Massachusetts warmed up for November last week: Thousands Of Mail-In Ballots In Franklin Not Counted On Election Day. They "found" 3000 uncounted ballots that were allegedly languishing somewhere (it's not clear where) instead of being sent to counters.


  • But Patterico notes that fraud is bipartisan: President Donald J. Trump Encourages Supporters to Commit Felony Voter Fraud.

    When all you have is a hammer, every problem looks like a nail. When you’re a criminal, every problem looks like something that could be solved by committing a crime:

    President Donald Trump suggested that people in North Carolina should vote twice in the November election, once by mail and once in person, escalating his attempts to cast confusion and doubt on the validity of the results.

    “So let them send it in and let them go vote, and if their system’s as good as they say it is, then obviously they won’t be able to vote. If it isn’t tabulated, they’ll be able to vote,” Trump said when asked whether he has confidence in the mail-in system in North Carolina, a battleground state.

    “If it’s as good as they say it is, then obviously they won’t be able to vote. If it isn’t tabulated, they’ll be able to vote. So that’s the way it is. And that’s what they should do,” he said.

    It is illegal to vote more than once in an election.

    But Ann Althouse says, wait a minute: Trump was not really saying to vote twice..

    There's an assumption that the state has adequate safeguards, and it will prevent anyone who has mailed in a vote from voting in person and will refuse to count a mailed-in vote if it is received after an in-person vote has been cast. If that is so or if the voter believes it is so, then the person who votes twice isn't intending to vote twice, only intending to make sure one or the other vote is counted.

    Fine. Trump is in the habit of saying things that can be, and are, interpreted uncharitably (Patterico, the MSM) or charitably (Althouse, etc.). If you're interested, you can read Patterico's followup post: Cheater in Chief: No, I Totally Did Mean You Should Vote Twice.

    I, for one, am seriously considering disconnecting the TV and Internet on November 3. Cancelling the newspapers. Throwing away the radios. Moving to Montana just to raise me up a crop of dental floss.

The Barbarian Invasions

[3.5 stars] [IMDb Link] [Amazon Link]

Mrs. Salad has one pretty solid rule: no movies about terminal cancer. So she declined to watch this. It's French-Canadian, mostly set around Montreal. And it won the 2004 Oscar for Best Foreign Language Film despite that. The IMDB genres: 'Comedy, Crime, Drama', although the comedy is people sitting around being "witty" in French, so take that with a grain of salt. It's actually a sequel to the 1986 movie The Decline of the American Empire, which sounds even less funny. (But was nominated for the Foreign movie Oscar.)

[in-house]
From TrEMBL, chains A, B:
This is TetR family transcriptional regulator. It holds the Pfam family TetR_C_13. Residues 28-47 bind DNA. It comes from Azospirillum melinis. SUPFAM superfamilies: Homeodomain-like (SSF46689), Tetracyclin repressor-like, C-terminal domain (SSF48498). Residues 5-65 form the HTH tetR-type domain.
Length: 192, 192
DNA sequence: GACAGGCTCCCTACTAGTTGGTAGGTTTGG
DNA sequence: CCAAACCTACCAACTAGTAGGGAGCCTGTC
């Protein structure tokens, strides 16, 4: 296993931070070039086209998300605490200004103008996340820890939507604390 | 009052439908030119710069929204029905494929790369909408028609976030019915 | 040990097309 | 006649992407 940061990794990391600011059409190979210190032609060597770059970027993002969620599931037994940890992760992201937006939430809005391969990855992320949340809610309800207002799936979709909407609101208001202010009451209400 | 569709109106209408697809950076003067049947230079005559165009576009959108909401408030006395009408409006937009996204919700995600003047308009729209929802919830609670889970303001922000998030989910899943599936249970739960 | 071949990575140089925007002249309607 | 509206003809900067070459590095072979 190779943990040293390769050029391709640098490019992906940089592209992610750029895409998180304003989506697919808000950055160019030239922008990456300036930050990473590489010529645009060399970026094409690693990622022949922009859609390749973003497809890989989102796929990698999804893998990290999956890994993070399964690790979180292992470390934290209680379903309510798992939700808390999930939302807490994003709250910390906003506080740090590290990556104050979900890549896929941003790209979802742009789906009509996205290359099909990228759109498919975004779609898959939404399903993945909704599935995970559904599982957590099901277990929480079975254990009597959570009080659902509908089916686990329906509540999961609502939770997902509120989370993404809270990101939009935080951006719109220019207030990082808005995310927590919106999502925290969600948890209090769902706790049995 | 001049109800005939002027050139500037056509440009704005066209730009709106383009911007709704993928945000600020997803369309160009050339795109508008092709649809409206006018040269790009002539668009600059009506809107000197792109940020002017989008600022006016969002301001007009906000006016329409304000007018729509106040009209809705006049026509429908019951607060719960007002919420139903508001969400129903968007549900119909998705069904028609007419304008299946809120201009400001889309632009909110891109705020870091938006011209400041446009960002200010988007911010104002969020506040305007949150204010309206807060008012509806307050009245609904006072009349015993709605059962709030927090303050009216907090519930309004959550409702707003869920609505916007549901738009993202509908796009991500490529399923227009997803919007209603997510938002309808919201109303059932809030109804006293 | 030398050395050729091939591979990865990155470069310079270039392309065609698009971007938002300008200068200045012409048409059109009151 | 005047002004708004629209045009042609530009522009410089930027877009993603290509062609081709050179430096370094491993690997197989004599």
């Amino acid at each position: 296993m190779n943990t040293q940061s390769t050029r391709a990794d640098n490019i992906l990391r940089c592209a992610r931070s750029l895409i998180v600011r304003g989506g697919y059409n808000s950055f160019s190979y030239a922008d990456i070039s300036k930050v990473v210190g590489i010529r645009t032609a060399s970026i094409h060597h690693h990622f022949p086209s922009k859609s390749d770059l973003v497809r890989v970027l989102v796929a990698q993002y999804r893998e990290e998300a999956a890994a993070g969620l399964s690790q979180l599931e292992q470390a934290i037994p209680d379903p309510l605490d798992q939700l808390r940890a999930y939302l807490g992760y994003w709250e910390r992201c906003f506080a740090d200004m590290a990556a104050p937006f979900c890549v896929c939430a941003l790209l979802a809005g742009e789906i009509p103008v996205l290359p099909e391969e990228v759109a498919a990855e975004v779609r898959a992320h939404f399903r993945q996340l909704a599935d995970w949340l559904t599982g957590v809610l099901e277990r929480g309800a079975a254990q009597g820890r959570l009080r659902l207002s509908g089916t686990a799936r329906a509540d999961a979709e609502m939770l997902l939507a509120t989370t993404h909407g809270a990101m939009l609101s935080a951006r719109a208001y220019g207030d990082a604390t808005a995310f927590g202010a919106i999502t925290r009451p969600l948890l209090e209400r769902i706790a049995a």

Anyway: The dying guy is Rémy, and over the years he's managed to wreck his family. His estranged son Sébastien is summoned from abroad by his estranged ex-wife to be by his side. He appears reluctantly, but eventually gets into the spirit of things. He summons the old gang back together (I assume from that previous movie) to visit Rémy in his hospital room. He arranges for a local junkie to supply Rémy with heroin. He figures out how to move Rémy to a better room in a less crowded area of the hospital. And…

Well, I should say something about that. This movie seems to be (in part) an effective argument against socialized medicine, at least as it was practiced in Quebec in 2003. Rémy's hospital care is a nightmarish hellscape, with groaning patients in the hallways, no privacy, and ineffective pain management. Theft from patients is common and the cops do nothing. Sébastien is rich enough to buy Rémy out of this. It helps that everyone involved (hospital administrators, union laborers) are easily corruptible with enough cash.

And when Sébastien thinks Rémy needs more sophisticated diagnosis, they head over the border to Burlington, Vermont—I'm pretty sure Bernie Sanders doesn't know about this—for better treatment from American capitalist health care.

It's OK. Plus an extra half-star for the libertarian message.